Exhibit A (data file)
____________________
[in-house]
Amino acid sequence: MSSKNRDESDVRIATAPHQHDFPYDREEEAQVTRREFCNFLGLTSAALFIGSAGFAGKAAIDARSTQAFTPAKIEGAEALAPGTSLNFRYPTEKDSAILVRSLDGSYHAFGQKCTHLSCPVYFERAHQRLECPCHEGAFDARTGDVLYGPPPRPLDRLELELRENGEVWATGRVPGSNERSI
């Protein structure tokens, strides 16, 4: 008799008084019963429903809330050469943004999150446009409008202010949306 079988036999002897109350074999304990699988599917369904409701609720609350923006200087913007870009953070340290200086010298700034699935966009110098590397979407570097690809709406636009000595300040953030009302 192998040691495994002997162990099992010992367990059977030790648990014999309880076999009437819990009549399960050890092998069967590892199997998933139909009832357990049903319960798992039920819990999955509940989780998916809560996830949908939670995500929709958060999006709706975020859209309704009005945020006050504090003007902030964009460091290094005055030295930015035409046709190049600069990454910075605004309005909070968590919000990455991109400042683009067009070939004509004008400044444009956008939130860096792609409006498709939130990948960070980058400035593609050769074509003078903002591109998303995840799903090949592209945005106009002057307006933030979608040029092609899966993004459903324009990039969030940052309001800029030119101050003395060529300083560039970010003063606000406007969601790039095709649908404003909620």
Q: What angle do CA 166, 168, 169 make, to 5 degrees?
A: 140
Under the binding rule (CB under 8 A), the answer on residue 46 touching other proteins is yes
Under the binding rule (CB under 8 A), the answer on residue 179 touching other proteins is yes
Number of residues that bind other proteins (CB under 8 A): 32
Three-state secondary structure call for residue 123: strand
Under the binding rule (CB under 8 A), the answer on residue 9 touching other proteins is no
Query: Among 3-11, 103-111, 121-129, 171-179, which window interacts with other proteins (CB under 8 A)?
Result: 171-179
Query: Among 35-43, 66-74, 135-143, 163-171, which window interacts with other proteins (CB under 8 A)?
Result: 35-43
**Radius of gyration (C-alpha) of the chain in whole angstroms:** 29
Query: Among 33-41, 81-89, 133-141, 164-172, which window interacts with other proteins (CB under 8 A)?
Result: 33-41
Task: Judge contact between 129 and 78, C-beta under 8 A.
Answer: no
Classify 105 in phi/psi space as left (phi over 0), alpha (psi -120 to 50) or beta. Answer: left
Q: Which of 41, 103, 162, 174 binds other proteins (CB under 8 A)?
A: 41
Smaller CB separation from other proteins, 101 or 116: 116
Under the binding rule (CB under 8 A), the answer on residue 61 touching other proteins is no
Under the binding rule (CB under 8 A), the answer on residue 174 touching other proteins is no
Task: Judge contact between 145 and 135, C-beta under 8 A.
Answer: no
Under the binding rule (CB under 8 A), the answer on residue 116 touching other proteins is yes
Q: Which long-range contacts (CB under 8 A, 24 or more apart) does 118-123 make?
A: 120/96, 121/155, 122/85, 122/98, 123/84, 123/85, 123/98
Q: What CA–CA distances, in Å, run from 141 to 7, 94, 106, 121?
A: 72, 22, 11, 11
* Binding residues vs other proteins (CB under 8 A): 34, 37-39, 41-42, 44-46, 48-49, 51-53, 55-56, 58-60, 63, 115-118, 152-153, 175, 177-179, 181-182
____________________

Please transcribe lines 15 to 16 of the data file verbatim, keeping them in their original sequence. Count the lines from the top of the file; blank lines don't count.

**Radius of gyration (C-alpha) of the chain in whole angstroms:** 29
Query: Among 33-41, 81-89, 133-141, 164-172, which window interacts with other proteins (CB under 8 A)?